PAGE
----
Dominic College takes great pride in our Aboriginal students and their families who are connected to and continue one of the oldest living cultures known in the world. We have over fifty Aboriginal students who attend the College in Kindergarten – Year 10.
One of our aims as a College is to support our Aboriginal students to continue holding and creating that culture and for all of our students to learn about and treasure Aboriginal culture as part of our national heritage.
The Aboriginal Program includes a diverse range of activities that can include visits to TMAG, cultural awareness workshops and targeted learning activities. The College’s mural of kunanyi, developed by Aboriginal students is an example of the positive outcomes of the Aboriginal Program.
The College has Aboriginal student leaders who are discerned and sit on our 7-10 and K-6 Student Representative Councils to give voice to these students and facilitate their leadership skills.
Recognition of our First Nation Peoples
There are a number of ways that we recognize the importance and unique place of our First Nation Peoples in our country. The College community makes an Acknowledgement of Country at all significant gatherings including student assemblies, masses and community events.
The College proudly flies the Aboriginal Flag, alongside the Australian National Flag and the Tasmanian State Flag.
We also recognize the original inhabitants of the lands on which the College is built – the muwinina people. The College community mourns the loss of the muwinina people and has created a commemorative installation that acknowledges and remembers them as the original custodians of these lands.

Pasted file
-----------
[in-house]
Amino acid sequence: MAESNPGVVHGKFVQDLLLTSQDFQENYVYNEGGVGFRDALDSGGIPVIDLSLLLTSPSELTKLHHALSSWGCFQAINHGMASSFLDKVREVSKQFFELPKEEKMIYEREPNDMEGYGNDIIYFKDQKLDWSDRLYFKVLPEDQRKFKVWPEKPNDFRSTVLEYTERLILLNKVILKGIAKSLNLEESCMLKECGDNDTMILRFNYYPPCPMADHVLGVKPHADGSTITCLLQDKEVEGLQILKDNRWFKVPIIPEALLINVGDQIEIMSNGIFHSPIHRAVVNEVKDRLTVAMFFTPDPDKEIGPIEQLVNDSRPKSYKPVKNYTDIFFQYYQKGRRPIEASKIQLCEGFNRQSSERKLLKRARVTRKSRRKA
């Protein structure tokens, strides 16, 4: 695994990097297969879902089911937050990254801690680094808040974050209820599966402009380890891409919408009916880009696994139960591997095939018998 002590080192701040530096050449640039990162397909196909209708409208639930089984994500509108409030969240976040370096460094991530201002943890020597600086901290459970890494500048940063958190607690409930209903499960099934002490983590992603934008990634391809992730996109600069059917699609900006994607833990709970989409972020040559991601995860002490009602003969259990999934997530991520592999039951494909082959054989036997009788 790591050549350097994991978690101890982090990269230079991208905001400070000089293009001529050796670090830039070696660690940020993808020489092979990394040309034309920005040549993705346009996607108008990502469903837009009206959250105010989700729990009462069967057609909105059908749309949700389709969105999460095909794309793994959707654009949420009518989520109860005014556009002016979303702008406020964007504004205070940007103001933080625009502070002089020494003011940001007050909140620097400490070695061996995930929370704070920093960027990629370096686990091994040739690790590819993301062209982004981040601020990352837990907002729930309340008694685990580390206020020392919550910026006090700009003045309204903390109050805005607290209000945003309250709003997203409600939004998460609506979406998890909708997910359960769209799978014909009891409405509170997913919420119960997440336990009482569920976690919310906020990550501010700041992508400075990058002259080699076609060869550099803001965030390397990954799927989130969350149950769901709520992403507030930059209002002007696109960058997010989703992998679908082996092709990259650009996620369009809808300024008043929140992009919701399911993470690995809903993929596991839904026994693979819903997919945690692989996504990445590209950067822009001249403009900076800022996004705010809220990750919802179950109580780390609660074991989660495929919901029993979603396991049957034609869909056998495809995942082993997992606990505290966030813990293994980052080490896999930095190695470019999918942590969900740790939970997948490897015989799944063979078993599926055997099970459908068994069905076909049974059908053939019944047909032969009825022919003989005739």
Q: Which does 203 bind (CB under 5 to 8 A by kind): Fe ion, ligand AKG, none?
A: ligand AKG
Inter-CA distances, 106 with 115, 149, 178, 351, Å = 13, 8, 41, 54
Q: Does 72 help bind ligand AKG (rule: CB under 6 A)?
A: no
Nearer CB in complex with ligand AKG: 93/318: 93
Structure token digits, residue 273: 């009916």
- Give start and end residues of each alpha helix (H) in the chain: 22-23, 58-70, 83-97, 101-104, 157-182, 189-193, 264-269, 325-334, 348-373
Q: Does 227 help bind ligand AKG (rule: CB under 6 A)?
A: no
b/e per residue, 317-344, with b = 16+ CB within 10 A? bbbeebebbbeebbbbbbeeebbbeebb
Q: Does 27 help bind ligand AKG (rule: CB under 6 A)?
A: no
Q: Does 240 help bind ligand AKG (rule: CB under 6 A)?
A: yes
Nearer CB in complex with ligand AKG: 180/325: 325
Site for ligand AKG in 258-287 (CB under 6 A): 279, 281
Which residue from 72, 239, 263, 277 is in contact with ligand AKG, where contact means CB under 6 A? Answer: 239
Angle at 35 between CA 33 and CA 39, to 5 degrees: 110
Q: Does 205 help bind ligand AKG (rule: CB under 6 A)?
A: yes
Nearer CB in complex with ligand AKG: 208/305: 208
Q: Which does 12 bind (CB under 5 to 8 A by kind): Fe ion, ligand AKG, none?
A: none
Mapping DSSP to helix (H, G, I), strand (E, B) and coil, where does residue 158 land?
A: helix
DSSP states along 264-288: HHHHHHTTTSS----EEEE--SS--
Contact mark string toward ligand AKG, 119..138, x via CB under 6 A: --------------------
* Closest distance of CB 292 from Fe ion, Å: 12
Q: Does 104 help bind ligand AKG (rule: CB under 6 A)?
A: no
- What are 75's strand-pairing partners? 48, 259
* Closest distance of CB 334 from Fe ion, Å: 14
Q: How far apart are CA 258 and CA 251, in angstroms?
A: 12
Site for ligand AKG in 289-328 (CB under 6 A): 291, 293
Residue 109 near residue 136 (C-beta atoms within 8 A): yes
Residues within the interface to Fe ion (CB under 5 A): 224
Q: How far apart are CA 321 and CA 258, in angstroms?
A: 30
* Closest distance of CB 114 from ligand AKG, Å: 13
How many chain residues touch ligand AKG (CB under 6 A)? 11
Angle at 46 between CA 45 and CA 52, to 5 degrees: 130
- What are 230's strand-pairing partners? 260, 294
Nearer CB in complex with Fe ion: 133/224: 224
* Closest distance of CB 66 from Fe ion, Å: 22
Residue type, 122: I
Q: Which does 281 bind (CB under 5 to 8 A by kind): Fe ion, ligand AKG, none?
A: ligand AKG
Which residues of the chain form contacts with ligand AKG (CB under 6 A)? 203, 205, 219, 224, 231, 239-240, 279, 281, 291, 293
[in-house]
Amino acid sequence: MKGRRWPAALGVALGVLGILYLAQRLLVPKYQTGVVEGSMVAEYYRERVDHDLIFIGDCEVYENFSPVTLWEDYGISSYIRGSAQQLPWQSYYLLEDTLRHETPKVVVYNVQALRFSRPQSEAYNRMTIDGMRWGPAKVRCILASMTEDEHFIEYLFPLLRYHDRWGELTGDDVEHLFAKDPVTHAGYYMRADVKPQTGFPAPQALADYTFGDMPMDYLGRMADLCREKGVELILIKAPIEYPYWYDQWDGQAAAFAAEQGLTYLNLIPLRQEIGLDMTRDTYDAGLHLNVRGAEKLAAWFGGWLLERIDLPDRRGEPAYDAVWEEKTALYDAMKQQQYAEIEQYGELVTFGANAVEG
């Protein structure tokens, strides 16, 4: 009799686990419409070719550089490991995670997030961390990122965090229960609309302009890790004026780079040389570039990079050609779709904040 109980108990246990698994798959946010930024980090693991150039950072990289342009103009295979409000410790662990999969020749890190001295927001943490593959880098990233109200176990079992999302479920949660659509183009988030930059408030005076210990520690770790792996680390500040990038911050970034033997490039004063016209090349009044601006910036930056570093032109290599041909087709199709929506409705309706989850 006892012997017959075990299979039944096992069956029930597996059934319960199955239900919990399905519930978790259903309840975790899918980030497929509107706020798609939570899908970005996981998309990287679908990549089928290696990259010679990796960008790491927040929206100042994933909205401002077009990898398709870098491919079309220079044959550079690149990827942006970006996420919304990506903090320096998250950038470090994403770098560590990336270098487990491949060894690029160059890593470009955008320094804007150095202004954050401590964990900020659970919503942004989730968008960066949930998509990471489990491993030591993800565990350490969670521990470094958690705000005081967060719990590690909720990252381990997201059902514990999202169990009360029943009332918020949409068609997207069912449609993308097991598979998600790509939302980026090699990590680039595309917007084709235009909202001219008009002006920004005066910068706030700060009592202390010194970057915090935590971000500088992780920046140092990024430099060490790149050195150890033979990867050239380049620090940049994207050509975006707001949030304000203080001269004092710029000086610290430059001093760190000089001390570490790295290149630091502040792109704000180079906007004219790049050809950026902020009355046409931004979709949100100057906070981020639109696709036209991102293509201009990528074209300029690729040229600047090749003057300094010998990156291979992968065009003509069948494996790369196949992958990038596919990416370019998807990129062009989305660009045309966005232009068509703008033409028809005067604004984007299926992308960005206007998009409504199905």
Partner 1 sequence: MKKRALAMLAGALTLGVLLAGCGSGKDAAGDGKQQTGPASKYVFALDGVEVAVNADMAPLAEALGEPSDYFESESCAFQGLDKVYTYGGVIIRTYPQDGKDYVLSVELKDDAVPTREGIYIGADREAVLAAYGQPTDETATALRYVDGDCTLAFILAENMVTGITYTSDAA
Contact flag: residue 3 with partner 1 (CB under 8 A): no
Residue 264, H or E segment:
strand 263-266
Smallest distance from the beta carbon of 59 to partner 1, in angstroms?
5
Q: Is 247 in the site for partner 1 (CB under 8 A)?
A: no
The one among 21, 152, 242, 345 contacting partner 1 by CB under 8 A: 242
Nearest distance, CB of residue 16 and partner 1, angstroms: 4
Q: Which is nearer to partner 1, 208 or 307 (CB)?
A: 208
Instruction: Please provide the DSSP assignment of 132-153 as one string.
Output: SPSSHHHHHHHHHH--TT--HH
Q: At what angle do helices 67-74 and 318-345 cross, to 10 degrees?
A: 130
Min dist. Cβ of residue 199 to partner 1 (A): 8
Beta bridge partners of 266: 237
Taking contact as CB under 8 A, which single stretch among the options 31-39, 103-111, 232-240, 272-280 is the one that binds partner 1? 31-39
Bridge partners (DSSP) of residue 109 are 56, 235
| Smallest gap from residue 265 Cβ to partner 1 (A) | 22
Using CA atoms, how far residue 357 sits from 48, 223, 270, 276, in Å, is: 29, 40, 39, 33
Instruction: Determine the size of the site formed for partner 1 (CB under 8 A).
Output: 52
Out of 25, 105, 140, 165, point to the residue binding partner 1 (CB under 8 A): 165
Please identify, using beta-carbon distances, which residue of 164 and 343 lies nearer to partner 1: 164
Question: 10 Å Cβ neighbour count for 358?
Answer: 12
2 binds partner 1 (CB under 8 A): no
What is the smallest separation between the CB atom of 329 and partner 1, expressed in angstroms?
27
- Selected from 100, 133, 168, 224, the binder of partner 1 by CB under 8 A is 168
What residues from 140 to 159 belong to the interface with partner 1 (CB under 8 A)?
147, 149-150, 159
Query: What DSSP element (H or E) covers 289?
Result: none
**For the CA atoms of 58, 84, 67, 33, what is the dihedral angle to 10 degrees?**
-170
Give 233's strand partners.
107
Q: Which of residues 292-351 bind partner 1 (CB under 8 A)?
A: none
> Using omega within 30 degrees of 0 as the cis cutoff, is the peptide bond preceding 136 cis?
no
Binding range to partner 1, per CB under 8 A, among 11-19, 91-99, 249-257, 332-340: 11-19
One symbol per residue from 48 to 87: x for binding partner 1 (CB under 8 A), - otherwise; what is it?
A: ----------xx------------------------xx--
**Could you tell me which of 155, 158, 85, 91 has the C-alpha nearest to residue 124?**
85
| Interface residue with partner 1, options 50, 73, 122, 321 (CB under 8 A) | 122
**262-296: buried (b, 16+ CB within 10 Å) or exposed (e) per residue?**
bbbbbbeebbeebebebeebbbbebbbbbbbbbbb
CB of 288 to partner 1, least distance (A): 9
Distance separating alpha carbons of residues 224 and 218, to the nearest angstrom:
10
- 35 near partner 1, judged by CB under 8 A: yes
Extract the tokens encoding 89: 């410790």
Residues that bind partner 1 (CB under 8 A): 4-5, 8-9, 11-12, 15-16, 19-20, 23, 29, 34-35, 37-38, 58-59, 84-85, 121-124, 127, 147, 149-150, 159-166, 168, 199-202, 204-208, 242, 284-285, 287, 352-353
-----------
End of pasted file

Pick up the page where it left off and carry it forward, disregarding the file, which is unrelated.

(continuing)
Dominic College recognizes the extraordinary work of the Tasmanian Aboriginal people – the pakana people, to retrieve and revive their language: palawa kani,the language of Tasmanian Aborigines. We acknowledge the Tasmanian Aboriginal Centre (TAC) as the body with responsibility for the palawa kani Language Program across lutruwita/Tasmania. The College is fortunate to have been granted permission by TAC to use palawa kani, the language of Tasmanian Aborigines, in the naming and identification of our K-2 classes and their learning spaces.
With permission, palawa kani is also used on the College’s Peace Pole, acting as a reminder to think and act in the spirit of peace to all.
Aboriginal Reconciliation Action Plan
The College continues to be committed to reconciliation and has developed an Aboriginal Reconciliation Action Plan (RAP), through the Reconciliation Australia Narragunnawali platform.
The development of the College’s RAP was led by our palawa Cultural Mentor, Angela Triffitt.
The RAP is divided into three areas: in the classroom, around the school, and with the community. The RAP is driven by a committee of staff, students and parents.
The College community annually marks NAIDOC Week to celebrate the history, culture and achievements of Aboriginal and Torres Strait Islander peoples.
National Reconciliation Week and Aboriginal and Torres Strait Islander Children’s Day is also part of the College’s Annual Calendar.
There are a number of highly significant days that are important to Aboriginal and Torres Strait Islander peoples and should be in the consciousness of all Australians across the year.
The College integrates the Australian Curriculum’s Cross curriculum priority - Aboriginal and Torres Strait Islander Histories and Cultures.
The Aboriginal and Torres Strait Islander Histories and Cultures priority provides opportunities for all students to deepen their knowledge of Australia by engaging with the world’s oldest continuous living cultures. Through the Australian Curriculum, we work to ensure that students will understand that contemporary Aboriginal and Torres Strait Islander communities are strong, resilient, rich and diverse.
The College Library
Dominic College’s Library is a centre and reservoir of rich resources for use in our development and awareness of Aboriginal histories and culture and perspectives. All in our community are encouraged to access these diverse resources.
The College Library also features a palawa kani Word Wall which makes palawa kani,the language of Tasmanian Aborigines available for everyone.